This page is referenced by:
Russia as Rectangle
Have you always wanted to see the world as a series of nested rectangles?Of course you have!
Let's agree that you have. Because if so, you are in luck. You see, in 1795, Franz Johann Joseph von Reilly published an atlas of the world. He called it (somewhat unimaginatively) the Large German Atlas. It contained 27 double-page engraved maps, complete with hand-colored outlining and title cartouches. To get a sense of the work, have a look at the "Map of Europe" that comes at the beginning of the atlas:
It is remarkable for being the first Austrian-made atlas of its kind, which is a perfectly lovely claim to fame. (To learn more about the atlas click here for full metadata and access to the high resolution image via the David Rumsey Map Collection.)
However, the Large German Atlas is also worth celebrating because it delivers an astonishing data visualization - cutting edge for its time, and masterful by today's standards. Here it is:
It is shocking, don't you think?
There on sheet III, the European world is completely reimagined. Geographical context has been stripped away. North and south have been rendered meaningless. Our sense of proximity and our ability to determine adjacency have been compromised.
The visualization renders Europe as a series of nested rectangles. Or, more accurately, it organizes Europe according to two variables: area (the bigger the rectangle, the larger the total square miles of territory), and population density. (In terms of the latter, states are organized from least to greatest beginning at the top of the left hand column to the bottom, then over to the top of the right column down to the territory with the greatest population density.)
In order to make the brilliance of the viz more legible, we have made it interactive.
To learn to use it, click the "About" button in the display below. (Go straight to a fullscreen view by clicking here.)
Fun! But does the viz tell us anything we can't learn by looking at the maps?See for yourself.
It takes a bit of work, in the form of clicking and zooming and making notes, but that is nothing you can't handle. Can you tease out any correlations? Can you identify any interesting comparisons? Are you struck by any curiosities in the data?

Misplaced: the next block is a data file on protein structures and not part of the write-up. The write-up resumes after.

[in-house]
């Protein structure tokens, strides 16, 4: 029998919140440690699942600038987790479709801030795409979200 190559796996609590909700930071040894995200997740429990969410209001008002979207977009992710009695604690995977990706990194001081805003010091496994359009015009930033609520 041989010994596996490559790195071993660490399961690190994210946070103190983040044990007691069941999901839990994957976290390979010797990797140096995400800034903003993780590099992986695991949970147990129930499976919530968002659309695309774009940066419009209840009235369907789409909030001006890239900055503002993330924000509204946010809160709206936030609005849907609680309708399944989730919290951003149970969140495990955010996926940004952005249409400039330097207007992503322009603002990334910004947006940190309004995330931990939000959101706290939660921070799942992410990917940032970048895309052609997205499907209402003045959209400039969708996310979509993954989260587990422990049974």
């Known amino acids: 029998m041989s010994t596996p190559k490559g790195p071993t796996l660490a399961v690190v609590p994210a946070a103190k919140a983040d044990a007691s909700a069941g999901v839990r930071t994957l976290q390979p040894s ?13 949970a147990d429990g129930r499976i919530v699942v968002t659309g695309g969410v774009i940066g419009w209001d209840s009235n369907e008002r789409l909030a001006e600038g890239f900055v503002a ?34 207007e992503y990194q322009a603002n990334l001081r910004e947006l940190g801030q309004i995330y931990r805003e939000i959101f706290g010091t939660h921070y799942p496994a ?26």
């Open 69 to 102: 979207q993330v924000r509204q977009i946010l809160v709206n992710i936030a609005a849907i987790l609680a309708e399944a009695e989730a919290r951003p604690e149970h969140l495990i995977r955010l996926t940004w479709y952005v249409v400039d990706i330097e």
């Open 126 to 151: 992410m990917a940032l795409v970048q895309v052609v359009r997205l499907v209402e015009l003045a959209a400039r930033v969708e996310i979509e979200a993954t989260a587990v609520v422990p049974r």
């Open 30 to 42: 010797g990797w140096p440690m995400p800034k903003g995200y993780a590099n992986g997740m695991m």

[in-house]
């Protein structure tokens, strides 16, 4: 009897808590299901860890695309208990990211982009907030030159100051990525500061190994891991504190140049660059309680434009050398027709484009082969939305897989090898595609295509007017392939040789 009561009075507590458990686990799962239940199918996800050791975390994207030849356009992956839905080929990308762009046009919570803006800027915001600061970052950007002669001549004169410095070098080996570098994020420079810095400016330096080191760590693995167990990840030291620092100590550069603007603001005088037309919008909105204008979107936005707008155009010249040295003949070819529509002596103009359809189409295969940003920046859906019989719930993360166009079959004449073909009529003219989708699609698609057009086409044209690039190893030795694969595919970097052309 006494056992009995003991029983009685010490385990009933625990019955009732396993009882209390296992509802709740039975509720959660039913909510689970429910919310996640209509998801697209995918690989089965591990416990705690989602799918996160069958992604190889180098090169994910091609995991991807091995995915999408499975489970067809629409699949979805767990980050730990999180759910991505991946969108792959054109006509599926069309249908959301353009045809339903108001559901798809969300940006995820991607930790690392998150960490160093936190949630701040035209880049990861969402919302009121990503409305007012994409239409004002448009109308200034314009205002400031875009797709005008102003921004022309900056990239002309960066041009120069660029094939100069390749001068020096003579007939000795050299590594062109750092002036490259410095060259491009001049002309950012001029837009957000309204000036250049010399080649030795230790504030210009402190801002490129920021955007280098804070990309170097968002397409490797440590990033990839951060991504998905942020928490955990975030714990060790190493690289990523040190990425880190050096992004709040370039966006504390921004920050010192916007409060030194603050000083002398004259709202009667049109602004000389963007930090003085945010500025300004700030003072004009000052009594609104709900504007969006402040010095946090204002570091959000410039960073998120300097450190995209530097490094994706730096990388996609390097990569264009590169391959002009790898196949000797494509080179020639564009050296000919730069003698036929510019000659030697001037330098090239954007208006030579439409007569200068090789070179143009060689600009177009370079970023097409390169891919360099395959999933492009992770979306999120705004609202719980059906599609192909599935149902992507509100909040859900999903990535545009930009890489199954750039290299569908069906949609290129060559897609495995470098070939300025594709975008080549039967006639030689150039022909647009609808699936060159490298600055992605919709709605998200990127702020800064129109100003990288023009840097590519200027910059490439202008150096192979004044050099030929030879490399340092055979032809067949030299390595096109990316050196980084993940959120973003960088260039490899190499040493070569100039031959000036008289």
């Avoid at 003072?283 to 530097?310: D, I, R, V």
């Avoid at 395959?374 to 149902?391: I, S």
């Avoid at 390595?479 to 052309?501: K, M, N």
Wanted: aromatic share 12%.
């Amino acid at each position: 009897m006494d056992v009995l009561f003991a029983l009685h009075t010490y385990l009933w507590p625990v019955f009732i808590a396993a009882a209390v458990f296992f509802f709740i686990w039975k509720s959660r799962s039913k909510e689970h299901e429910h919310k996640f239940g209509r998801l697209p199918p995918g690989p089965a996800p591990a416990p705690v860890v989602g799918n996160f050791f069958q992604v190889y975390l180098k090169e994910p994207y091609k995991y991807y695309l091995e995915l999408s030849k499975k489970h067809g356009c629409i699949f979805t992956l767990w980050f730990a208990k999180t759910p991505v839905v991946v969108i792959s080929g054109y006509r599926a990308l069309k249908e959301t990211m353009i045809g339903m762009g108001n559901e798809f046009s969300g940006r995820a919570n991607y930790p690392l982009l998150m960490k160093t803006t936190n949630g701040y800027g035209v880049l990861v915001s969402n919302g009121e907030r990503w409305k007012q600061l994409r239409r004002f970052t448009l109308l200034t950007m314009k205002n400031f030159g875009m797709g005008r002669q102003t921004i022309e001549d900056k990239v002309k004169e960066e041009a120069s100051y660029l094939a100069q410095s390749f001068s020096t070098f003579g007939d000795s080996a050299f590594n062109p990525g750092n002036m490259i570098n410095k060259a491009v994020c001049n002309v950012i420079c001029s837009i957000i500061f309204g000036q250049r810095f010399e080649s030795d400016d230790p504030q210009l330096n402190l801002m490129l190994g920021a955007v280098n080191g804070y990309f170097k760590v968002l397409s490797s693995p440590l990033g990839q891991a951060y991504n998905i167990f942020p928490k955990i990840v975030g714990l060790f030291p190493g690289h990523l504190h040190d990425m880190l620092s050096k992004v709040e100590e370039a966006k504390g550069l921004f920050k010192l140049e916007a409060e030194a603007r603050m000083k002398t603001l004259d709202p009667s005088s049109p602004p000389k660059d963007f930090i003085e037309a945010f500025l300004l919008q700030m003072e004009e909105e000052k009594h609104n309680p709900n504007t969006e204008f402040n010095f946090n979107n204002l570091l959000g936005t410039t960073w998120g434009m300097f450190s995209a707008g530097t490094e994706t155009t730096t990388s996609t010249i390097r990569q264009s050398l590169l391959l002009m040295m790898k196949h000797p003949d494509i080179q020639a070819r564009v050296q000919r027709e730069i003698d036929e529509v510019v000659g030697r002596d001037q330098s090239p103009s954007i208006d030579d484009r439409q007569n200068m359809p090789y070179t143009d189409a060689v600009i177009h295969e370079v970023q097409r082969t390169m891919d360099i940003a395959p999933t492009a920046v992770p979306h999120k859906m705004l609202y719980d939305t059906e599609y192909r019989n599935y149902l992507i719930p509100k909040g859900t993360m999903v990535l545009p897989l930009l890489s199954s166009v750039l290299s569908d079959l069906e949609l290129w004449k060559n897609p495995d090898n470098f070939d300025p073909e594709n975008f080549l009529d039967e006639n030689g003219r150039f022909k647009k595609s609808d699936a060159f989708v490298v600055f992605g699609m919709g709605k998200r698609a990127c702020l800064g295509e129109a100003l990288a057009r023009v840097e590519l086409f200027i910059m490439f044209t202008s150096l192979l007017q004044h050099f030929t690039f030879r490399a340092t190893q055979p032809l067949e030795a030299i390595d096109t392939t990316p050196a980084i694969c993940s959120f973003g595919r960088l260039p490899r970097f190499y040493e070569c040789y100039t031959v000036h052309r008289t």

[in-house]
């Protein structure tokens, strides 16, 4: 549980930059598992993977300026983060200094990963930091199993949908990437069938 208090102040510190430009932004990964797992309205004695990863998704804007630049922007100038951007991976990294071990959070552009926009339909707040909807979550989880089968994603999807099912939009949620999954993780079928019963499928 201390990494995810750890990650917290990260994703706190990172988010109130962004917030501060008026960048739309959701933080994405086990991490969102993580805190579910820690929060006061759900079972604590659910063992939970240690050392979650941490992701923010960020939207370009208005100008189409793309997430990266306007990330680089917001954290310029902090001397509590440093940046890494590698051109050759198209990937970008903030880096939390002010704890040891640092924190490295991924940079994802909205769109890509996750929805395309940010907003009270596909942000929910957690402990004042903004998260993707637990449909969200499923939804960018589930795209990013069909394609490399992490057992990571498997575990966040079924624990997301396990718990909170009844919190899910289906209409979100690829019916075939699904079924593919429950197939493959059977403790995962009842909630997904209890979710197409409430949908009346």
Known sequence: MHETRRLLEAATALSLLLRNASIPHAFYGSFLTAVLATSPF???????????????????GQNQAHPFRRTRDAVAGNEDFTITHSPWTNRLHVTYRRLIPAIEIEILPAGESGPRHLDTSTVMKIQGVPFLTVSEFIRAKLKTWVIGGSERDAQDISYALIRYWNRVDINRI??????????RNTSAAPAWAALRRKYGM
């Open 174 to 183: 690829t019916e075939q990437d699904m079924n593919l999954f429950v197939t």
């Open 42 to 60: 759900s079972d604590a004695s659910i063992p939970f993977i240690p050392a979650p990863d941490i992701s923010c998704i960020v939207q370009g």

Here are a few prompts to get you started.
Hunt for Outliers
- Identify the 5 largest rectangles by area. (Pay close attention - two share a rectangle, so be sure to click on both state names to get the data.) Look closely at where they fall in the order of population density. You will find that 1 is not like the others.
- Start with population density. Move your cursor over the 10 entries with the highest population density, with an eye to comparing their areas. You will find that 1 is not like the others.
Connect and Untangle
- Several states are represented by more than one rectangle. Can you find all of the groupings? Can you make sense of the relationships?
- For each state/territory, find the the rectangle closest in size (in terms of area). For example, England is closest in area to Iceland. Then find the state most alike in terms of population density. Feeling ambitious? Do the same for total population. Do you see any pairings that hold across multiple variables? When you are ready, move on to use the maps.
Use the Maps to Dig Deeper
- Carry the work you did above further by reintroducing geography into the system of comparisons. Are the states/territories that bear the closest resemblance geographically close to one another? If not, do they share other common characteristics (in terms of shape, access to coasts, etc.)? You can access the relevant page of the atlas through the interactive viz or flip through them by clicking here.
- Or try your hand at a close reading of states that are, as the saying goes, alike-but-different: Poland and France
Study Russia's Place in the (European) World
Let's start with the map.
What does European Russia look like in the Large German Atlas?
Does it look like the other European states presented on other sheets in terms of its organization? coloration? shape? scale? Does it have any distinguishing characteristics? (To answer these questions, you will need to pan and zoom and do a bit of "close looking.")
What does it contain?
Does it contain the same sorts of "things" as other European states? To answer this question, you might start by comparing the symbols in use on the sheets. First the symbols for Russia. Then, perhaps, the symbols for Germany. Are they the same in form and/or content?
Where does European Russia begin and end?
Where are its boundaries? Do they align with "natural" features? Are they surprising in any way?
Finally, having studied the map for a while, come back to the visualization.
Remind yourself what the rectangles have to say about Russia and how they place Russia within a system of relationships. How does that Russia - or that way of seeing - compare with the Russia described on the maps? Which gives you a better sense of Russia's place in the European world? Or do the map sheets and the nested rectangles work together to reveal a Russia you couldn't otherwise see?
You have questions now, don't you.
Take them with you into your study of Europe on the edge of the Napoleonic Wars, of Russia on the eve of becoming a world power, of data visualization as an instrument of political imagination... or of any one of the thousands of lines of history traced into the atlas.
Access the collection of digitized maps by clicking here.